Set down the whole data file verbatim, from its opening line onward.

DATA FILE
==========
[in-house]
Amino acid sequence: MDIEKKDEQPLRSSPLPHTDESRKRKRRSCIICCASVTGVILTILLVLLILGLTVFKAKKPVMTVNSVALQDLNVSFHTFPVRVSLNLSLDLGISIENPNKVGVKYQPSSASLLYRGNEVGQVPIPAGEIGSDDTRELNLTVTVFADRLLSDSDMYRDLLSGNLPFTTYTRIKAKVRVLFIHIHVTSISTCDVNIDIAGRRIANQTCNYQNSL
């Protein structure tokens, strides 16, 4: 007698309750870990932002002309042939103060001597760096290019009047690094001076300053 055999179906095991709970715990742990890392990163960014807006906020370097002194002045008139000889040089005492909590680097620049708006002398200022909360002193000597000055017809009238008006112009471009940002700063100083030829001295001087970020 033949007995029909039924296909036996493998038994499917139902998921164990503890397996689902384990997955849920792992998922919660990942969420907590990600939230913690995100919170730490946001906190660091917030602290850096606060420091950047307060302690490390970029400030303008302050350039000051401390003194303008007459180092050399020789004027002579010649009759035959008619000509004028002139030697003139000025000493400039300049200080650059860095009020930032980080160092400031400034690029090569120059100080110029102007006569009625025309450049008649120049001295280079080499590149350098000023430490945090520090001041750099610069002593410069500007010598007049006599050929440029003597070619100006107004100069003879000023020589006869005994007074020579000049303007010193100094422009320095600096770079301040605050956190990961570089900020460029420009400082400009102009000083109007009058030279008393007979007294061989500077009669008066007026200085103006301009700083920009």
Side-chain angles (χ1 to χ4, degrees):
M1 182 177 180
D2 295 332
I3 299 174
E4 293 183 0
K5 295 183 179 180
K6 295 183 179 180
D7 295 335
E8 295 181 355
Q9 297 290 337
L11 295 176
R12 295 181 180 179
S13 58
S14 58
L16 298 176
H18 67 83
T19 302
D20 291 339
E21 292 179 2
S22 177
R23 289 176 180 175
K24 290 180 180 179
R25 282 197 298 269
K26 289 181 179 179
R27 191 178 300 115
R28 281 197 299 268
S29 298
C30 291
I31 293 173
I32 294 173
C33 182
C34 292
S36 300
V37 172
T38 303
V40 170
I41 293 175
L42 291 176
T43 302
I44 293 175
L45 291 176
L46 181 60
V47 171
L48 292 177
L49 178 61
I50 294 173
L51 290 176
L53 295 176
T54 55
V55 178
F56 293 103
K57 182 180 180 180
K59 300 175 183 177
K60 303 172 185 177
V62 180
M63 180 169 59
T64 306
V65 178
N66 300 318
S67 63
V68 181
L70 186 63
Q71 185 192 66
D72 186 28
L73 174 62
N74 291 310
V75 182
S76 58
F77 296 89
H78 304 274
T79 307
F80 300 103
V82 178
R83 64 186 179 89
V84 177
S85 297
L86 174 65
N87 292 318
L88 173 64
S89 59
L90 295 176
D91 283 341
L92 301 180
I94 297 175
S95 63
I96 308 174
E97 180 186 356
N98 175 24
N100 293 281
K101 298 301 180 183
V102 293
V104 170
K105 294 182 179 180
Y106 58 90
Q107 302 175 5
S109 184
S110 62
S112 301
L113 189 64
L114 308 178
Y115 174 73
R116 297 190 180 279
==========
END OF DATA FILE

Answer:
[in-house]
Amino acid sequence: MDIEKKDEQPLRSSPLPHTDESRKRKRRSCIICCASVTGVILTILLVLLILGLTVFKAKKPVMTVNSVALQDLNVSFHTFPVRVSLNLSLDLGISIENPNKVGVKYQPSSASLLYRGNEVGQVPIPAGEIGSDDTRELNLTVTVFADRLLSDSDMYRDLLSGNLPFTTYTRIKAKVRVLFIHIHVTSISTCDVNIDIAGRRIANQTCNYQNSL
């Protein structure tokens, strides 16, 4: 007698309750870990932002002309042939103060001597760096290019009047690094001076300053 055999179906095991709970715990742990890392990163960014807006906020370097002194002045008139000889040089005492909590680097620049708006002398200022909360002193000597000055017809009238008006112009471009940002700063100083030829001295001087970020 033949007995029909039924296909036996493998038994499917139902998921164990503890397996689902384990997955849920792992998922919660990942969420907590990600939230913690995100919170730490946001906190660091917030602290850096606060420091950047307060302690490390970029400030303008302050350039000051401390003194303008007459180092050399020789004027002579010649009759035959008619000509004028002139030697003139000025000493400039300049200080650059860095009020930032980080160092400031400034690029090569120059100080110029102007006569009625025309450049008649120049001295280079080499590149350098000023430490945090520090001041750099610069002593410069500007010598007049006599050929440029003597070619100006107004100069003879000023020589006869005994007074020579000049303007010193100094422009320095600096770079301040605050956190990961570089900020460029420009400082400009102009000083109007009058030279008393007979007294061989500077009669008066007026200085103006301009700083920009």
Side-chain angles (χ1 to χ4, degrees):
M1 182 177 180
D2 295 332
I3 299 174
E4 293 183 0
K5 295 183 179 180
K6 295 183 179 180
D7 295 335
E8 295 181 355
Q9 297 290 337
L11 295 176
R12 295 181 180 179
S13 58
S14 58
L16 298 176
H18 67 83
T19 302
D20 291 339
E21 292 179 2
S22 177
R23 289 176 180 175
K24 290 180 180 179
R25 282 197 298 269
K26 289 181 179 179
R27 191 178 300 115
R28 281 197 299 268
S29 298
C30 291
I31 293 173
I32 294 173
C33 182
C34 292
S36 300
V37 172
T38 303
V40 170
I41 293 175
L42 291 176
T43 302
I44 293 175
L45 291 176
L46 181 60
V47 171
L48 292 177
L49 178 61
I50 294 173
L51 290 176
L53 295 176
T54 55
V55 178
F56 293 103
K57 182 180 180 180
K59 300 175 183 177
K60 303 172 185 177
V62 180
M63 180 169 59
T64 306
V65 178
N66 300 318
S67 63
V68 181
L70 186 63
Q71 185 192 66
D72 186 28
L73 174 62
N74 291 310
V75 182
S76 58
F77 296 89
H78 304 274
T79 307
F80 300 103
V82 178
R83 64 186 179 89
V84 177
S85 297
L86 174 65
N87 292 318
L88 173 64
S89 59
L90 295 176
D91 283 341
L92 301 180
I94 297 175
S95 63
I96 308 174
E97 180 186 356
N98 175 24
N100 293 281
K101 298 301 180 183
V102 293
V104 170
K105 294 182 179 180
Y106 58 90
Q107 302 175 5
S109 184
S110 62
S112 301
L113 189 64
L114 308 178
Y115 174 73
R116 297 190 180 279